There are a handful of over-the-counter ingredients that dermatologists have relied upon for decades to effectively manage breakouts. Sulfur is one that excels at minimising inflammatory blemishes: the deep, red, often painful breakouts that can be challenging to get rid of.
But the benefits of sulfur extend beyond blemish control — here are the highlights.
3 minute read
- What is sulfur?
- What skin conditions does sulfur treat?
- How does sulfur work for blemishes?
- What are the side effects of sulfur?
- Who should use sulfur?
- Dr. Lee’s last word
- Shop the article
What is sulfur?
A naturally occurring, non-metallic element, sulfur (aka brimstone!) has been used for millennia to treat various skin conditions. It’s essential for many functions, and is a common building block of amino acids.
Ancient civilizations around the world knew the benefits of soaking in soothing sulfur baths, said to alleviate a variety of skin ailments. Modern research has demonstrated the element’s many qualities, including:
- Antimicrobial: inhibits blemish-causing bacteria and other microbes
- Reduces sebum
- Keratolytic: softens keratin and weakens the bond that holds skin cells together
- Antioxidant: helps protect cells from free radical damage
- Anti-inflammatory: calms the body’s immune response to clogged and infected pores
What skin conditions does sulfur treat?
It’s been used for centuries, and modern research has shown that sulfur (both on its own and when combined into various compounds) has many applications for treating skin conditions, including:
- Acne vulgaris
- Seborrhoeic dermatitis (scaly, waxy patches)
- Tinea versicolor (fungal infection)
- Scabies (mite infestation)
How does sulfur work for blemishes?
Researchers are still trying to figure out exactly what makes sulfur work so well for blemish-prone skin, but studies point to several of its characteristics:
- Exfoliation: removing old, dead skin cells helps keep pores clear, preventing comedones from forming
- Inhibiting bacteria: disrupting the ability of P. acnes and other microbes to reproduce
- Controlling sebum: reducing oil can minimise clogged pores, the building blocks of active blemishes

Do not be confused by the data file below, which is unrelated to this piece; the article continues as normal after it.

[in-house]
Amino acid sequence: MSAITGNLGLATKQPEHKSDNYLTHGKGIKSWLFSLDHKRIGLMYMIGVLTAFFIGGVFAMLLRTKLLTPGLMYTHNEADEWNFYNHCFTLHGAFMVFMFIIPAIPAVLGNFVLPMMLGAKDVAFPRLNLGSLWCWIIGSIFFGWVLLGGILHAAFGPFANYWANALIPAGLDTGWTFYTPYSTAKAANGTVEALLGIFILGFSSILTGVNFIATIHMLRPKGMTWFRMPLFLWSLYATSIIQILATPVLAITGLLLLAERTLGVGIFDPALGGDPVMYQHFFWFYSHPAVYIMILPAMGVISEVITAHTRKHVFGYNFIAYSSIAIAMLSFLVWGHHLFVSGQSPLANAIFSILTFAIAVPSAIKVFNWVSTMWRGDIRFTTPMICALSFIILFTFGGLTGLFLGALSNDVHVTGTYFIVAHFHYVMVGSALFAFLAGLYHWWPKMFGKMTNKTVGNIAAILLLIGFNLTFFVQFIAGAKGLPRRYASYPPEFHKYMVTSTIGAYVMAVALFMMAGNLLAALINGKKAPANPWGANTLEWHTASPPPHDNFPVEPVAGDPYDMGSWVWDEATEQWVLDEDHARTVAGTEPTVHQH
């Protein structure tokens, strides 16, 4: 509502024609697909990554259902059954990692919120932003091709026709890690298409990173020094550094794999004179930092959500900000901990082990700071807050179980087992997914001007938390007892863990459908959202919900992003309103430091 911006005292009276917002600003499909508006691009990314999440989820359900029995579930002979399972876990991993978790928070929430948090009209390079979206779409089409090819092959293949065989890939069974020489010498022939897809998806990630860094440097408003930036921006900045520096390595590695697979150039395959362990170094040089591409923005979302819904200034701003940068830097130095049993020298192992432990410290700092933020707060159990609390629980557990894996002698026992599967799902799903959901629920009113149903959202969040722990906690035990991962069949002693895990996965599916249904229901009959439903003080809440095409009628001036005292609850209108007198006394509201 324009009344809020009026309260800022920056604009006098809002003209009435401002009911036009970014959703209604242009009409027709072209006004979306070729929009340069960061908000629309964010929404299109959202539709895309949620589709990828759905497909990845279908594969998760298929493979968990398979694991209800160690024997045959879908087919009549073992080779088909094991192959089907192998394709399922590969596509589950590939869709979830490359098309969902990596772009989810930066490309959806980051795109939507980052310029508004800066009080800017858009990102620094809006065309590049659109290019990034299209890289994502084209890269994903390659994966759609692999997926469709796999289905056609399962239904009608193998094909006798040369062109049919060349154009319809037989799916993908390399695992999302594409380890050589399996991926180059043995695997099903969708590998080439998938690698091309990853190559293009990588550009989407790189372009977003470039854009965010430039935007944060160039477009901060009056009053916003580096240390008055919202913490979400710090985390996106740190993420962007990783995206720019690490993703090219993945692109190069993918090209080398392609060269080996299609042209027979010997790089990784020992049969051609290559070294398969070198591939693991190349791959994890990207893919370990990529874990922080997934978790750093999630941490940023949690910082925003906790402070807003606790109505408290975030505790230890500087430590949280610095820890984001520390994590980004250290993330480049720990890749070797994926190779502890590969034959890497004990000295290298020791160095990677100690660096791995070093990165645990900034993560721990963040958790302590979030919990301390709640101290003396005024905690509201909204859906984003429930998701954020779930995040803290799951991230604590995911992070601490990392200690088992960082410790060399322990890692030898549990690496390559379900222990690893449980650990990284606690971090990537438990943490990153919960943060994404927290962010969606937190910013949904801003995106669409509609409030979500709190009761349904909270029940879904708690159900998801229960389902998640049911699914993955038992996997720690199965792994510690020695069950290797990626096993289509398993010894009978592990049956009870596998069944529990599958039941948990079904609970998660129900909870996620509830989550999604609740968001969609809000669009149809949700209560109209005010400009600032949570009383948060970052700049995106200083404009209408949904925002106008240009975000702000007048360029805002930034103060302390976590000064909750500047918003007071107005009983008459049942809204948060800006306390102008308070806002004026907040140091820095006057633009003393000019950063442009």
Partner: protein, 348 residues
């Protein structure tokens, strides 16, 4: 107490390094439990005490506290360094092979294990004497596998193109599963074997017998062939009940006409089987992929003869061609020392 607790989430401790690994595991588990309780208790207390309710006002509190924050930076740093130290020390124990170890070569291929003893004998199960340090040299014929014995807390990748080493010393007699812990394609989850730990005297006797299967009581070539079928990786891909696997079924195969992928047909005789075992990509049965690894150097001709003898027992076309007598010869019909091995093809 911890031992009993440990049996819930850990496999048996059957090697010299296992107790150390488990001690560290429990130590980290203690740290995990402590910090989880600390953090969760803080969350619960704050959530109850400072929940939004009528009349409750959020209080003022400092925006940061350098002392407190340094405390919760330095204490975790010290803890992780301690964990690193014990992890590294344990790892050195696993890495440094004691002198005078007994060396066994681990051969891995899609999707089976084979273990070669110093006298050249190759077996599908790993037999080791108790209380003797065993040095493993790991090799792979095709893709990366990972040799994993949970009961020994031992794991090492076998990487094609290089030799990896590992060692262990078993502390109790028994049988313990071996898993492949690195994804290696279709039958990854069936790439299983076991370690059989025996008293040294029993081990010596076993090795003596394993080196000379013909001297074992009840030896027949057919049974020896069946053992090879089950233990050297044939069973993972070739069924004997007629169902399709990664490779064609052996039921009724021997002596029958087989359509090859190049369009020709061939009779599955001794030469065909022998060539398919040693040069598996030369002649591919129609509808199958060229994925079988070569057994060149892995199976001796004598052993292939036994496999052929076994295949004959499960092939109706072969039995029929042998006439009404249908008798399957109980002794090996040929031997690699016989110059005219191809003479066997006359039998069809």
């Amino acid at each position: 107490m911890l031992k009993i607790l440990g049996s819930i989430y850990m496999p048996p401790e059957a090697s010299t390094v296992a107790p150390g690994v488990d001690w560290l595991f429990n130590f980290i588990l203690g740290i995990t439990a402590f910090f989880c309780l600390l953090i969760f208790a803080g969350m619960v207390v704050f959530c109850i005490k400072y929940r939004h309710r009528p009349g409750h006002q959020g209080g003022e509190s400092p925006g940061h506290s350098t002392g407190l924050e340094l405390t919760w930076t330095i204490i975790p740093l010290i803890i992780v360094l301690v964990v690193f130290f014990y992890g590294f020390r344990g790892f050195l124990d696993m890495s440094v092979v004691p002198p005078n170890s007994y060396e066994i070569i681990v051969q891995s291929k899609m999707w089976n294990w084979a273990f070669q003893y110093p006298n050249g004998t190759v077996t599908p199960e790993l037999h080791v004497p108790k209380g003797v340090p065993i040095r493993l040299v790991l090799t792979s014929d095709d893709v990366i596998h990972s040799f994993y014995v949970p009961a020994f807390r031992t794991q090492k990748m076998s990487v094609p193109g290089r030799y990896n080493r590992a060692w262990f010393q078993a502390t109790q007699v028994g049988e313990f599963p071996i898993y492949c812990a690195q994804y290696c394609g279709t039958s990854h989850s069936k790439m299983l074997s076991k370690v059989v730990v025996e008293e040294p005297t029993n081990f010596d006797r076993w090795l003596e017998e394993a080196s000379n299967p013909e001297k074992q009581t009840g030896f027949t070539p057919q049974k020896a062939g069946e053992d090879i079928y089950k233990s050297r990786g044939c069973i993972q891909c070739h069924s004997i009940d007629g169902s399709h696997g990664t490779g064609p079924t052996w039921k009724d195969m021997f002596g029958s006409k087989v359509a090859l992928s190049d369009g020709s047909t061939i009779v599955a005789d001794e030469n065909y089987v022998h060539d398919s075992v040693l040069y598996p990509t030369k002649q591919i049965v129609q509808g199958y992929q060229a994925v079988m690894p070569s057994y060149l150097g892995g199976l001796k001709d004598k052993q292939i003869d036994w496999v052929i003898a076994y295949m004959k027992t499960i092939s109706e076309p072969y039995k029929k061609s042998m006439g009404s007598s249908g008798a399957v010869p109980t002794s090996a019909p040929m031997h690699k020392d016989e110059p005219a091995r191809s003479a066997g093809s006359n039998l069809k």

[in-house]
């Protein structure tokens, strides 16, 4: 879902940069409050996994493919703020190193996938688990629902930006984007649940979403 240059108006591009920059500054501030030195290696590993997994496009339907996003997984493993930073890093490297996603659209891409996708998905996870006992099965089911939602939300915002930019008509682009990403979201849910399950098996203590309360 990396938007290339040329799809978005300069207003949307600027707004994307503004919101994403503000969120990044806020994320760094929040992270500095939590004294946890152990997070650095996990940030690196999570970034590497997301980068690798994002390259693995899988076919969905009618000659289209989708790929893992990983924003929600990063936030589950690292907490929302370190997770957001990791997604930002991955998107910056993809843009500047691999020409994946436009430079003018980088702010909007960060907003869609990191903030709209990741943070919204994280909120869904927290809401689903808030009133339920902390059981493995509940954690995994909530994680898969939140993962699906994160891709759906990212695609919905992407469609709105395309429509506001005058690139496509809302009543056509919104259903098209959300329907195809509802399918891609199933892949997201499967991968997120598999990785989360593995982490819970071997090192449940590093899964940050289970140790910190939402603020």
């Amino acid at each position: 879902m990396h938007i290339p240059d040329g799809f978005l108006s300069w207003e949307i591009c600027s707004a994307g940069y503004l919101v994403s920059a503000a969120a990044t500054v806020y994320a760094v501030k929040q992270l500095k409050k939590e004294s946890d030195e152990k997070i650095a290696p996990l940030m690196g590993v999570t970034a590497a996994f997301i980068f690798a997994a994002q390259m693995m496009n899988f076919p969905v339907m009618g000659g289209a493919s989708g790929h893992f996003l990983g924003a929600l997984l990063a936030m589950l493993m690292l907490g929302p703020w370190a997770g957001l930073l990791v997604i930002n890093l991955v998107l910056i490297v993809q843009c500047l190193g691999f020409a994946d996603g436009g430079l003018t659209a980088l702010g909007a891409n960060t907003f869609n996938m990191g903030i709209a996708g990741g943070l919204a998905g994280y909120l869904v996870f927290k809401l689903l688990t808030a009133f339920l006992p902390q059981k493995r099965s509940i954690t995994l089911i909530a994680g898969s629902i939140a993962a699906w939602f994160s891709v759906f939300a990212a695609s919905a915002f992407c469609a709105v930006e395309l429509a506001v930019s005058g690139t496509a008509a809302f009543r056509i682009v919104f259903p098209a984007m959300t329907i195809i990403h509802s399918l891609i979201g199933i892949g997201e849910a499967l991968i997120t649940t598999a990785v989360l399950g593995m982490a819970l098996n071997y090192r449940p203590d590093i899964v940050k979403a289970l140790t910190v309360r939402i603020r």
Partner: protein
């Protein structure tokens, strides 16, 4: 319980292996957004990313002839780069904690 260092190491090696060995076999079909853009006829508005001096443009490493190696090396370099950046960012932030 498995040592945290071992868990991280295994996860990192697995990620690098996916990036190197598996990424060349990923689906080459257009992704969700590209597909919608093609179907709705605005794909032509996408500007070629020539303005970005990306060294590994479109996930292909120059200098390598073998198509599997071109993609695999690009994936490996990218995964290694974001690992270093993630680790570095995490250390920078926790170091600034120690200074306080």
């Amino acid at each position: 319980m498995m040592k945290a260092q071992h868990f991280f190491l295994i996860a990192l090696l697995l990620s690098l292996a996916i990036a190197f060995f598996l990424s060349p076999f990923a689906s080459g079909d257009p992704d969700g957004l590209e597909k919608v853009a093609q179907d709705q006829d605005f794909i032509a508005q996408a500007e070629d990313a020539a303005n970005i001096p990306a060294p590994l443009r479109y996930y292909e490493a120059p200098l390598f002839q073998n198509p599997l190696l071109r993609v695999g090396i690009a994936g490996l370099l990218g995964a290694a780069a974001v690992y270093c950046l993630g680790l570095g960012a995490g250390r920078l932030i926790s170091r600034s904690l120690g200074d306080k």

What are the side effects of sulfur?
One of the reasons sulfur is so commonly used is that it is nearly universally tolerated, with very few side effects when used as directed. Rarely — and most often associated with overuse — topical sulfur can cause:
- Erythema (redness)
Who should use sulfur?
Because it is so gentle, sulfur is an ideal choice for anyone with blemish-prone and sensitive skin. The mineral is typically effective for managing cases of mild to moderate blemishes, including inflammatory breakouts. It’s also useful in treatment masks, as it helps smooth and control oil without overdrying. SLMD Sulfur Lotion is formulated with blemish-prone skin in mind. It’s also Step 2 in the Blemish-Prone Skin System.
Research indicates that sulfur has a very low absorption rate when applied topically. Most experts agree that it’s safe to use during pregnancy and breastfeeding, but always consult your doctor first.
It’s virtually impossible to be allergic to elemental sulfur, as it’s essential for human life. However, different compounds containing sulfur, as well as ingredients found in sulfur-based formulas, may cause irritation or allergic reactions in some people.
Dr. Lee’s last word
Dermatologists have been using sulfur for hundreds of years to inhibit the growth of bacteria, exfoliate, and help calm red, irritated skin. It’s very well tolerated by most patients, including those with sensitive skin. Together with retinol and moisturiser, it’s one of the building blocks of my SLMD Blemish-Prone Skin System.
—Dr. Sandra Lee